Waterman Hall Of Fame Welcomes Five
A gentle mist fell as a potent south swell rolled into Waikiki, creating a breathtaking backdrop. It was as if the ocean gods were welcoming some of Hawaii’s modern-day legends of the sea.
Several hundred people gathered at Outrigger Canoe Club for the 2014 Hawaii Waterman Hall of Fame Awards Dinner. This year, five outstanding kane a me na wahine o ke kai (men and women of the sea) were honored for their achievements in and out of the water.
Moments before the festivities started, a large Hawaiian monk seal cruised past the Elks Club and surfaced outside Outrigger Canoe Club. As quickly as it arrived to say aloha to those being recognized, it disappeared into the surf.
It was the perfect start to a grand celebration.
One-by-one, women crews raced around Portlock Point and headed toward Outrigger Canoe Club. The eight-mile sprint from Hawaii Kai to Kaimana Beach is the final leg of the Dad Center Canoe Race. The event is held each year in honor of one of Hawaii’s greatest athletes, coaches and mentors, George David “Dad” Center.
Center was an accomplished swimmer, paddler and volleyball player who later coached hundreds of men and women in those sports as well as track. The highlight of his long coaching career came in 1920, when he guided the U.S. Swim Team in the Olympics, where Duke Kahanamoku won gold medals in the 100-meter freestyle and relay.
“When Mark Cunningham was in the tower, all was good,” says Outrigger Duke Kahanamoku Foundation president Billy Philpotts. “You knew you were safe.”
But Cunningham’s accomplishments went far beyond his lifesaving skills on Oahu’s North Shore. The Punahou graduate was the ultimate champion bodysurfer, winning more than 15 titles. He was a wave-riding master at the break he watched over for more than 20 years — world-famous Pipeline.
“I’m here today because of the many great watermen and waterwomen who came before me,” says Cunningham, who enjoyed a 30-year career with the City and County of Honolulu’s Ocean Safety and Lifeguard Services Division.
Cunningham also recognized the importance of preparing for the future while embracing the past. He founded the Oahu Junior Lifeguard Program, providing lifesaving skills to Hawaii’s youths. He also was a community environmentalist who fought to protect the North Shore from large-scale development, founding Defend Oahu Coalition, an organization inspired by the concept “Keep the Country Country.”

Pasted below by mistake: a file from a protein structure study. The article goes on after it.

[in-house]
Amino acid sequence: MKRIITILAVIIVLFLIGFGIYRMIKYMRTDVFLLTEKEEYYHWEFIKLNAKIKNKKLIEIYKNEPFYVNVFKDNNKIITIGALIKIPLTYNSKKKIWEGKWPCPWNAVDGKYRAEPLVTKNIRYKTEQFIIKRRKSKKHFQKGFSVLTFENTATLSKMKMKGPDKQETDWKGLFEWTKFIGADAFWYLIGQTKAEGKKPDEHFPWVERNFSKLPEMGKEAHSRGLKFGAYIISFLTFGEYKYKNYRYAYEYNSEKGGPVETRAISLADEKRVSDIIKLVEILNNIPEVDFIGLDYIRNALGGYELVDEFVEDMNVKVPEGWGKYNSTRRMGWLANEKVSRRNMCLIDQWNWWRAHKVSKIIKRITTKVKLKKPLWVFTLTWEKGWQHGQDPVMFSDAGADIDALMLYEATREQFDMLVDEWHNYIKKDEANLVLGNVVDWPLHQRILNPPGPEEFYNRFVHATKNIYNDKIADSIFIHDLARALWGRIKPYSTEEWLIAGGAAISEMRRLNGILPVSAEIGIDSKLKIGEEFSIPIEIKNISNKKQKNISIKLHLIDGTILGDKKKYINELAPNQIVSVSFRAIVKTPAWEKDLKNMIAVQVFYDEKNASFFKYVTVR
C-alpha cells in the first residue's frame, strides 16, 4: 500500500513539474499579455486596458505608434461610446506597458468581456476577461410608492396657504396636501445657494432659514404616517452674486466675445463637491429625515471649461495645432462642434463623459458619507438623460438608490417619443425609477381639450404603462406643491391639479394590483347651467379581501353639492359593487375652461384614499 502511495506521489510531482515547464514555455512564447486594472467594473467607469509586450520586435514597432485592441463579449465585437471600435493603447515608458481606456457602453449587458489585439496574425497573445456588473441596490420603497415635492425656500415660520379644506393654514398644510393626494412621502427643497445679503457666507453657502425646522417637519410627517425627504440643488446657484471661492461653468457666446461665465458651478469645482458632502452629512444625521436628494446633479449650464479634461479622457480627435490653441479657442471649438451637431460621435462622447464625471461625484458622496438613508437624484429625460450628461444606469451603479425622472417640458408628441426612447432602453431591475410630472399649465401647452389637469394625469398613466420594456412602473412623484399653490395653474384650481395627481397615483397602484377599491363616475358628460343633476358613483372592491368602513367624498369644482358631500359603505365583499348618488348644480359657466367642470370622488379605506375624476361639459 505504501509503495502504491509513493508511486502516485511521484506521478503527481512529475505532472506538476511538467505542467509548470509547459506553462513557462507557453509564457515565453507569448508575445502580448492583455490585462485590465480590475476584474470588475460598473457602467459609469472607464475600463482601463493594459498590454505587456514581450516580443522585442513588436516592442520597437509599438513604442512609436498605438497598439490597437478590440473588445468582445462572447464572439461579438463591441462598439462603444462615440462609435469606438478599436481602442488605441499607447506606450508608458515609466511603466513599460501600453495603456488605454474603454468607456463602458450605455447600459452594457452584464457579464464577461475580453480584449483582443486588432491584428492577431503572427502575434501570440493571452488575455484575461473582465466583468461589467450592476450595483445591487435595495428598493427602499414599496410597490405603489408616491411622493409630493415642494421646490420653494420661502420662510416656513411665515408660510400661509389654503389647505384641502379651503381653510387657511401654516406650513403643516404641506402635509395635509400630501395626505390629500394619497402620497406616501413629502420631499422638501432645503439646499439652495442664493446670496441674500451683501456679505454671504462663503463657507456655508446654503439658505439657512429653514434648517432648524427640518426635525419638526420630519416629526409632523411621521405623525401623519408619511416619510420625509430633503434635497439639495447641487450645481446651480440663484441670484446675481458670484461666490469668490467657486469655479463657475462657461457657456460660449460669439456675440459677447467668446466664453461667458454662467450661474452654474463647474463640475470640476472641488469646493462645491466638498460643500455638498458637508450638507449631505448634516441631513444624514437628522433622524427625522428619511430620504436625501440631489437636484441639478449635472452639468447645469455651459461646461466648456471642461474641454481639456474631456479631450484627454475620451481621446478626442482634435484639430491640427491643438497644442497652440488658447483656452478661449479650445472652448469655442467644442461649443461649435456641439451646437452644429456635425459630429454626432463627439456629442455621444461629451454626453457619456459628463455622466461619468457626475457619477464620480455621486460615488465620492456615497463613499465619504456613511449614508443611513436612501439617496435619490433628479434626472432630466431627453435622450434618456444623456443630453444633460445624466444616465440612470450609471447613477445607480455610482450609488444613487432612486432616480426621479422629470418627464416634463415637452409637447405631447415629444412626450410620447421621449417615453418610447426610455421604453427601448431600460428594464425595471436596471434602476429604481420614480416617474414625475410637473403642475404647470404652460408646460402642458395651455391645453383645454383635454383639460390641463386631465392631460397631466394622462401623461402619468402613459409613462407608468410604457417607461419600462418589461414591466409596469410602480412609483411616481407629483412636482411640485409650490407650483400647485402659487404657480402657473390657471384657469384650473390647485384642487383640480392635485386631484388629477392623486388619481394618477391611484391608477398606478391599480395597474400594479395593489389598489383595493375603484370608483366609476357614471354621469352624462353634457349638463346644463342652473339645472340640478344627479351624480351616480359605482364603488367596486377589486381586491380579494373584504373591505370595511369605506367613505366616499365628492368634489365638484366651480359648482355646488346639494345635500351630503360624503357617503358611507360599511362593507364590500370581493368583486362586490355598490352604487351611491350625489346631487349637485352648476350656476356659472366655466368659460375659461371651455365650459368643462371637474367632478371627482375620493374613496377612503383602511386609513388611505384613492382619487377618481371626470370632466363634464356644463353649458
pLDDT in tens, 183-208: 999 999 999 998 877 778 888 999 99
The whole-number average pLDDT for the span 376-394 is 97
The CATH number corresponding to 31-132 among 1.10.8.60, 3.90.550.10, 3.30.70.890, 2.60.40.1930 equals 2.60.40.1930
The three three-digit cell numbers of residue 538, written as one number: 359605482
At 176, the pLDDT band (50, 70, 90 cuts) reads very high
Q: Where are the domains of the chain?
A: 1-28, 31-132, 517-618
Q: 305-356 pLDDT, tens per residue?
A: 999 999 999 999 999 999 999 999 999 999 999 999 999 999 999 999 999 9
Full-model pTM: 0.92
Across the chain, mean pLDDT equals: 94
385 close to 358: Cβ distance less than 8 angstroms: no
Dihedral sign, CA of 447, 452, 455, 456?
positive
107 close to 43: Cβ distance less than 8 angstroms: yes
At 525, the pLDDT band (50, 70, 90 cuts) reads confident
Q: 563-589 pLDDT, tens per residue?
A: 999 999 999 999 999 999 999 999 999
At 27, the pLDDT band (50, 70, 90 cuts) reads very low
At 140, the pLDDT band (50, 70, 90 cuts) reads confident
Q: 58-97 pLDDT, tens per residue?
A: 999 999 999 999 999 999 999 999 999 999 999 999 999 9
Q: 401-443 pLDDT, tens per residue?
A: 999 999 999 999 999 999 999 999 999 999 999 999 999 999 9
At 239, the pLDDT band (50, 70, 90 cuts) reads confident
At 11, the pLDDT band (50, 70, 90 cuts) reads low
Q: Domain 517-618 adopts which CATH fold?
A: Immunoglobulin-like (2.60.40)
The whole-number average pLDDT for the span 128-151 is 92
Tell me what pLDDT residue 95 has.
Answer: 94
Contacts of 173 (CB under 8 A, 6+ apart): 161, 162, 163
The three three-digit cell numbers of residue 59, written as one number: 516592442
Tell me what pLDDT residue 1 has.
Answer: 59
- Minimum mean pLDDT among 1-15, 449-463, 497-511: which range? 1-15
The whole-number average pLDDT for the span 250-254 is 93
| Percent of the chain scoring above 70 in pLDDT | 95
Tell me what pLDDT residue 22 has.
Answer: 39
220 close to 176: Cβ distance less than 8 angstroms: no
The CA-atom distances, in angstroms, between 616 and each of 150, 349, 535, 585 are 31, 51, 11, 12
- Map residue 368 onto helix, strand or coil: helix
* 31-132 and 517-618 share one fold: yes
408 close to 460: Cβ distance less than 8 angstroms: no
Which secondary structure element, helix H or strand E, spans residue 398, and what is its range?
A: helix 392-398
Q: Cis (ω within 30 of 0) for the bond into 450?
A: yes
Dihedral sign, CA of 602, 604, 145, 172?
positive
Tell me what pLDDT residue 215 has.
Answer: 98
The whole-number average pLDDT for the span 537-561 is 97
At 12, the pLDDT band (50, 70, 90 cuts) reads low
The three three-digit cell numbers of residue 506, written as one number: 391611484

“The reason I stand before all of you tonight is because of the men in my life, including my husband Nappy,” says Anona Napoleon. “This year we celebrate our 50th anniversary! Thank you for 50 wonderful years.”
It is no surprise Napoleon credits family for her success — the Napoleons always have been about ohana. She and Nappy have touched the lives of thousands of people. But long before she was teaching people to paddle at Anuenue Canoe Club, she was making headlines as a champion waterwoman. She won the International Makaha Surfing Contest in 1961 and narrowly missed making the Olympic team in kayaking in 1960 and 1964.
She was on the first women’s crew to cross the Ka’iwi Channel in 1975, and did it again in 1979 for the first Na Wahine O Ke Kai Race. She is a trailblazer, a matriarch and a true champion of the sea.
Randy Rarick raced down the line at Queen’s Surf fronting the Duke Kahanamoku statue and smoothly tucked into a small barrel. Rarick was one of several “legends” who took part in the 2014 Duke’s OceanFest, still silky smooth after all these years.
Rarick made a name for himself in the 1970s as a surfer and a shaper, and eventually became one of the most influential proponents of professional surfing.
“Where would we be if Randy Rarick wasn’t in our lives?” asks Philpotts. “He was the paragon of the competitive surfing community, elevating professional surfing internationally.”
“I’m humbled to be here and honored to be a part of this class,” Rarick says with deep appreciation.
Melbourne, Australia, is a long way from Hilo — just ask Richard “Sonny” Tanabe.
Who knew that a barefoot boy who learned to swim in Hilo Bay would one day compete in the 1956 Olympics. And trust me, Tanabe was truly a small-town boy.
“I didn’t know who Duke Kahanamoku was,” admits Tanabe. “I never heard of him.”
But that would change. Tanabe would become an All-American at Hilo High School, and later starred at Indiana University.
Tanabe returned home to share his knowledge with students at Kamehameha Schools, where he taught and coached swimming and water polo for 33 years. He also made his mark as a water safety instructor with American Red Cross for 30 years, and later become an author, sharing his passion for spearfishing and free diving in two award-winning books, Spearfishing on the Island of Hawaii and The Evolution of Freediving.
“I have a lot to be thankful for,” says Tanabe.